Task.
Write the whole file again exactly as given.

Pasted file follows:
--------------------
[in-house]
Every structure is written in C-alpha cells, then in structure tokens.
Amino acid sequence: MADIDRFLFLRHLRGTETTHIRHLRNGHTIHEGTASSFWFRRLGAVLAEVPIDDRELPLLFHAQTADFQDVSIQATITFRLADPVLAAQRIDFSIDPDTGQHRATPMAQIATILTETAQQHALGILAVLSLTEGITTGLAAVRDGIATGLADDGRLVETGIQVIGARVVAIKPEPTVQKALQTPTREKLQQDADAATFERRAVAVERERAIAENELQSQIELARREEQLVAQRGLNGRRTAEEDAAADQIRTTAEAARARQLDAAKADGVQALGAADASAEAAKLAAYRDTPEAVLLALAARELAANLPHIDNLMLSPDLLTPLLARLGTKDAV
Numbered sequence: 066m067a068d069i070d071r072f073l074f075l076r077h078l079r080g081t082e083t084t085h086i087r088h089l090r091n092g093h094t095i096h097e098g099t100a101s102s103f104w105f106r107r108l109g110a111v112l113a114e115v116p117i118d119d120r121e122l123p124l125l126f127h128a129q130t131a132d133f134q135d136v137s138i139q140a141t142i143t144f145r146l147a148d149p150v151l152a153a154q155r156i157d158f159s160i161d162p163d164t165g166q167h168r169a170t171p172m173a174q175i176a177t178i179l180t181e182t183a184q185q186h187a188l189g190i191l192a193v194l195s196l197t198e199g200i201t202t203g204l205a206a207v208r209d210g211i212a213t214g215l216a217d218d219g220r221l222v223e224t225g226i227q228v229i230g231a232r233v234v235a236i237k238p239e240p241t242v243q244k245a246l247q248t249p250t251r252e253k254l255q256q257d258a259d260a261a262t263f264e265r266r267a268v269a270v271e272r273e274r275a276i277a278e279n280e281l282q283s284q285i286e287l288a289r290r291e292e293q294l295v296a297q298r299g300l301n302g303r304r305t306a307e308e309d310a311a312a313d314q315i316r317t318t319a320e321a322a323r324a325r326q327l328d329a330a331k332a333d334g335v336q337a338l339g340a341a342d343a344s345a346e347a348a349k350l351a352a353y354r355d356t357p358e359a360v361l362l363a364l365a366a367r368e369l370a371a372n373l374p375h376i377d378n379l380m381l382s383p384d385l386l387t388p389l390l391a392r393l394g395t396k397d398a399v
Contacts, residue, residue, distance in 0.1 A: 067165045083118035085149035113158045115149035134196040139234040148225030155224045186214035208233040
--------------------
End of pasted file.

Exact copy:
[in-house]
Every structure is written in C-alpha cells, then in structure tokens.
Amino acid sequence: MADIDRFLFLRHLRGTETTHIRHLRNGHTIHEGTASSFWFRRLGAVLAEVPIDDRELPLLFHAQTADFQDVSIQATITFRLADPVLAAQRIDFSIDPDTGQHRATPMAQIATILTETAQQHALGILAVLSLTEGITTGLAAVRDGIATGLADDGRLVETGIQVIGARVVAIKPEPTVQKALQTPTREKLQQDADAATFERRAVAVERERAIAENELQSQIELARREEQLVAQRGLNGRRTAEEDAAADQIRTTAEAARARQLDAAKADGVQALGAADASAEAAKLAAYRDTPEAVLLALAARELAANLPHIDNLMLSPDLLTPLLARLGTKDAV
Numbered sequence: 066m067a068d069i070d071r072f073l074f075l076r077h078l079r080g081t082e083t084t085h086i087r088h089l090r091n092g093h094t095i096h097e098g099t100a101s102s103f104w105f106r107r108l109g110a111v112l113a114e115v116p117i118d119d120r121e122l123p124l125l126f127h128a129q130t131a132d133f134q135d136v137s138i139q140a141t142i143t144f145r146l147a148d149p150v151l152a153a154q155r156i157d158f159s160i161d162p163d164t165g166q167h168r169a170t171p172m173a174q175i176a177t178i179l180t181e182t183a184q185q186h187a188l189g190i191l192a193v194l195s196l197t198e199g200i201t202t203g204l205a206a207v208r209d210g211i212a213t214g215l216a217d218d219g220r221l222v223e224t225g226i227q228v229i230g231a232r233v234v235a236i237k238p239e240p241t242v243q244k245a246l247q248t249p250t251r252e253k254l255q256q257d258a259d260a261a262t263f264e265r266r267a268v269a270v271e272r273e274r275a276i277a278e279n280e281l282q283s284q285i286e287l288a289r290r291e292e293q294l295v296a297q298r299g300l301n302g303r304r305t306a307e308e309d310a311a312a313d314q315i316r317t318t319a320e321a322a323r324a325r326q327l328d329a330a331k332a333d334g335v336q337a338l339g340a341a342d343a344s345a346e347a348a349k350l351a352a353y354r355d356t357p358e359a360v361l362l363a364l365a366a367r368e369l370a371a372n373l374p375h376i377d378n379l380m381l382s383p384d385l386l387t388p389l390l391a392r393l394g395t396k397d398a399v
Contacts, residue, residue, distance in 0.1 A: 067165045083118035085149035113158045115149035134196040139234040148225030155224045186214035208233040